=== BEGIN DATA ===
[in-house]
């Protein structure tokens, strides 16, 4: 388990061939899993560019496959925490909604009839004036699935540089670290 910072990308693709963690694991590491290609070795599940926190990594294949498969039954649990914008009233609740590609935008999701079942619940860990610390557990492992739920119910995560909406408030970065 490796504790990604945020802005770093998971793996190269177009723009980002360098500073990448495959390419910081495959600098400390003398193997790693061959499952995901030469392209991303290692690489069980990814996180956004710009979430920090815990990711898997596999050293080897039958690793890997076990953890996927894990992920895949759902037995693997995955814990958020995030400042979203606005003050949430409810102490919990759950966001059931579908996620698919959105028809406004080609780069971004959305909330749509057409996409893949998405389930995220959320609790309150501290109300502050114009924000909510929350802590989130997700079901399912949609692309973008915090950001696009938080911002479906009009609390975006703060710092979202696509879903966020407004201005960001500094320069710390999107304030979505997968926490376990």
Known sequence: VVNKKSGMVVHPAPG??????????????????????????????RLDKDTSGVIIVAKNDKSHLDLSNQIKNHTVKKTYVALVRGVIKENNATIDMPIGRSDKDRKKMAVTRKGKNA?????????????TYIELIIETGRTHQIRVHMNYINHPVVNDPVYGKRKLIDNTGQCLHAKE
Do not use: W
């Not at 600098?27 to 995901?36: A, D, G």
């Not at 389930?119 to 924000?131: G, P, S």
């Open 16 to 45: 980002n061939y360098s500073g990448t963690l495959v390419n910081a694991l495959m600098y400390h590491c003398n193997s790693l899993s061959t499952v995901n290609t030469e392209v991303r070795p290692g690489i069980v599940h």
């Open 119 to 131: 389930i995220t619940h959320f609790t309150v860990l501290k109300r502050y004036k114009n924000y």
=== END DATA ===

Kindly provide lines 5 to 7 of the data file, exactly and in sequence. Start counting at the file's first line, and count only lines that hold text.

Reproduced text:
């Not at 600098?27 to 995901?36: A, D, G």
């Not at 389930?119 to 924000?131: G, P, S």
């Open 16 to 45: 980002n061939y360098s500073g990448t963690l495959v390419n910081a694991l495959m600098y400390h590491c003398n193997s790693l899993s061959t499952v995901n290609t030469e392209v991303r070795p290692g690489i069980v599940h």